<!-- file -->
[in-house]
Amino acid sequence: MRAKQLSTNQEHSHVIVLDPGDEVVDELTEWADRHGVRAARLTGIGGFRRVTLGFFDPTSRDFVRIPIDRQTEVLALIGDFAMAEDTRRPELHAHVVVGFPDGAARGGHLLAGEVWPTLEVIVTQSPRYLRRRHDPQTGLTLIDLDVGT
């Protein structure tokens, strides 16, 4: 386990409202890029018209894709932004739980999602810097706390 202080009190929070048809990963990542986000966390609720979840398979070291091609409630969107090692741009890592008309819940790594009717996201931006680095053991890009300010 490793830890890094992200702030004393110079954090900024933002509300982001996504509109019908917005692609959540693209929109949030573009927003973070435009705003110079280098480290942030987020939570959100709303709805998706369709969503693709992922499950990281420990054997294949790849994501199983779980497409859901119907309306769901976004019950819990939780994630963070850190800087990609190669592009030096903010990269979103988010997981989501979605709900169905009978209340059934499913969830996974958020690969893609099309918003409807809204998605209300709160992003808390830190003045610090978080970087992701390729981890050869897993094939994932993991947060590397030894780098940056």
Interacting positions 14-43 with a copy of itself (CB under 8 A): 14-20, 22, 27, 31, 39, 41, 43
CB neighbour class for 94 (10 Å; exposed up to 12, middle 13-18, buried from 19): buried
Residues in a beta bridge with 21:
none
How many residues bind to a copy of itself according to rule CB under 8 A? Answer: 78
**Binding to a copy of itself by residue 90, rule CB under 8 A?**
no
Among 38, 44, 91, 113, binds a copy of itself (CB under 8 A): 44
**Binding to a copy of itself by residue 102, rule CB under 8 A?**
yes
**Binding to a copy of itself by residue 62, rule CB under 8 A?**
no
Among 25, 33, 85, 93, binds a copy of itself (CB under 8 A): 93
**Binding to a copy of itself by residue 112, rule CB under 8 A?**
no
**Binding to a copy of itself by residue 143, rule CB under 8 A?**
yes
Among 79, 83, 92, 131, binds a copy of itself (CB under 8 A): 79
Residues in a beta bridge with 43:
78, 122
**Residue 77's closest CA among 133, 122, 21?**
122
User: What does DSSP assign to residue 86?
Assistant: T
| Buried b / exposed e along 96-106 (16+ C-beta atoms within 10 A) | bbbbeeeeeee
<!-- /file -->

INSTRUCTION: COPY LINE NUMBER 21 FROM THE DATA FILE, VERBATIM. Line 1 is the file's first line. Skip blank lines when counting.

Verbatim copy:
Among 79, 83, 92, 131, binds a copy of itself (CB under 8 A): 79